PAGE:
They too began working for him and in June 2005, they along with their accomplice, Ahsan Ullah Hassan, provided explosives to Yazdani, which was smuggled into India.

Three bombs were prepared from the materials, one of which was used in the July 28 explosion on board the Shramjivi Express and one at the Special Task Force office in Hyderabad on October 12.

Three of the accused, Ibrahim, Hililaluddin and Nafiq-ul-Vishwas, who were involved in the Hyderabad attack were earlier arrested by the Special Cell.

The third bomb, which was to be used in Bangalore, was recovered by the police in Hyderabad. Meanwhile, in October 2004, the duo was involved in an attack on former Bangladesh prime minister Sheikh Hasina, in which 22 people were killed.

Anishul and Muhibbul allegedly disclosed that Yazdani had asked them to set up base in or around Delhi. After reaching Kolkata, they received the explosives from one Ayub and came to Delhi where they were arrested.

Meanwhile, on March 8, the Delhi police's Special Cell gunned down Yazdani and his associate Ahsan Ullah Hasan, a high-ranking HUJI militant .

Yazdani was a 28-year-old engineering dropout and native of Nalgonda in Andhra Pradesh. His father Ghulam Mustafa, a government teacher, had said he was not sorry over his son's death for indulging in anti-national activities.

However, he said he wanted to perform his son's last rites, but local Bharatiya Janata Party activists tried to prevent him from doing so. Only after the intervention of the Hyderabad police and amidst tight police bandobust, were Yazdani's last rites performed at the Bade Masjid burial grounds at Hayatnagar on March 15.


The Rediff Specials

March 20, 2006

Turf battles hit Indian spy in the sky

Turf battles hit Indian spy in the sky

By Rahul Bedi, New Delhi: Bureaucratic wrangling and turf battles between India's civilian and military intelligence agencies, exacerbated by budgetary squabbles, continue to hamper efforts to modernise the country's shadowy and highly classified Aviation Research Centre (ARC).

Run by the Research and Analysis Wing (RAW), India's external intelligence agency that reports directly to the prime minister, ARC is responsible for communication and electronic surveillance along the borders with Pakistan and China.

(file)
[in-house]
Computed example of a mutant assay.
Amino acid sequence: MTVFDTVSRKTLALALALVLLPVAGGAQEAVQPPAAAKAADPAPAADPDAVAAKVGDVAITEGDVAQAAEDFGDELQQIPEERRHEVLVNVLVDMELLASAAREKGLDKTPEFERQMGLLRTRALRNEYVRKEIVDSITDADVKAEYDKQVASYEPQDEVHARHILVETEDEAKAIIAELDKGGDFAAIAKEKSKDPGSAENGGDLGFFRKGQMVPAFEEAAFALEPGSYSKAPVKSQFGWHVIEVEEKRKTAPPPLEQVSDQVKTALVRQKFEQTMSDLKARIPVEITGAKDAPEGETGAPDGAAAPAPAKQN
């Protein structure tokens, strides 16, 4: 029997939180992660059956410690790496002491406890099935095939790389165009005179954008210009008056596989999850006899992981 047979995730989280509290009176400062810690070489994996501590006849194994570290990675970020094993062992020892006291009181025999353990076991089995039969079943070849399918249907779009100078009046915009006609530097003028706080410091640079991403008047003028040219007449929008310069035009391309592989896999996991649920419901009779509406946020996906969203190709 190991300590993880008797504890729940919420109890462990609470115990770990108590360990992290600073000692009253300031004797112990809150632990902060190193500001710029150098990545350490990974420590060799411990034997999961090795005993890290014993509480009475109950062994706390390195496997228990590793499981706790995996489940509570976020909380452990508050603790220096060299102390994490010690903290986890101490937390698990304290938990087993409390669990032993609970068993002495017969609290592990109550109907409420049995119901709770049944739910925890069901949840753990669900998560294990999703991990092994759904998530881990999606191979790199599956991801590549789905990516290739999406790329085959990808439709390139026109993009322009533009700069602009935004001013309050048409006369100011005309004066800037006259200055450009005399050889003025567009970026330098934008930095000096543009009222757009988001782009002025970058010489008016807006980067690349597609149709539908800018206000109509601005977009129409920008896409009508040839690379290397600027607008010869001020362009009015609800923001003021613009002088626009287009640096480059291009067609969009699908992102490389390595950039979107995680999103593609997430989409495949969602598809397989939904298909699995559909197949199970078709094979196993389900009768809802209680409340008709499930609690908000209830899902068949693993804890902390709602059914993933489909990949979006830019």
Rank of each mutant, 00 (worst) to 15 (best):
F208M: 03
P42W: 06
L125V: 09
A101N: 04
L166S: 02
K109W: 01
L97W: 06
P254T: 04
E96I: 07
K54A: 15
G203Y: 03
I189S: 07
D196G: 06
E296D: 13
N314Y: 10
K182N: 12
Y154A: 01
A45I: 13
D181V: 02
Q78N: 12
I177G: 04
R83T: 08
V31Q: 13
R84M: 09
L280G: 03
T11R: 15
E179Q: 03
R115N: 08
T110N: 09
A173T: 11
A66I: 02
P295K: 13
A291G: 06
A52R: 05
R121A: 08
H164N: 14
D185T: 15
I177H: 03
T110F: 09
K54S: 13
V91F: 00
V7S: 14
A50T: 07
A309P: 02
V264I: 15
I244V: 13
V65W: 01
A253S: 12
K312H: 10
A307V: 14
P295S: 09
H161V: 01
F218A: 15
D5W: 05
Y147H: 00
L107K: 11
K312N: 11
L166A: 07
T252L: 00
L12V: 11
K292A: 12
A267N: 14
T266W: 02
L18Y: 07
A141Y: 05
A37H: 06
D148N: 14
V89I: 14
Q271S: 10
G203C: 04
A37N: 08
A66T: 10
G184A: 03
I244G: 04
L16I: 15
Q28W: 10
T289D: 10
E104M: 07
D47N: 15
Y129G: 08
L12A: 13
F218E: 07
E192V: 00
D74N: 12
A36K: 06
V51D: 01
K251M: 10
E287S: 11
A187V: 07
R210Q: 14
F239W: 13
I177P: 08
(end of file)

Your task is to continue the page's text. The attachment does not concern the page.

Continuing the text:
Its assets of ageing fixed-wing transport and light aircraft like Russian IL-76s and AN-32s and General Dynamics Gulfstream III/SRA-1s and upgraded Gulfstream IV/SRA-4 jets of the US and obsolete helicopter fleet are tasked with gathering "actionable" information via airborne signal intelligence (SIGINT) operations and photo reconnaissance flights along its northern and eastern frontiers.

ARC inputs constitute the bulk of the monthly intelligence forecasts to the Indian military, particularly the army, on the Pakistani and Chinese military's order of battle and tables of organisation.

Its responsibilities also include detailing the neighbours' immediate military capabilities, organizational structure, mission essential personnel and present equipment deployment.

But there is plenty of criticism.

"The output by ARC's fleet of obsolete, lumbering aircraft fitted with outdated Western surveillance sensors and optical electronic systems that are capable of limited penetration into enemy territory remain restrictive in a real time situation," a senior military officer said, declining to be identified.

He asserted that the 44-year-old ARC's output with analogue and not digital capability diluted "immediate operational utility" and made the images and accompanying analysis "tactically unsound".

"It (ARC) also fails to provide an overall strategic landscape despite the large amounts of money lavished upon it," he added.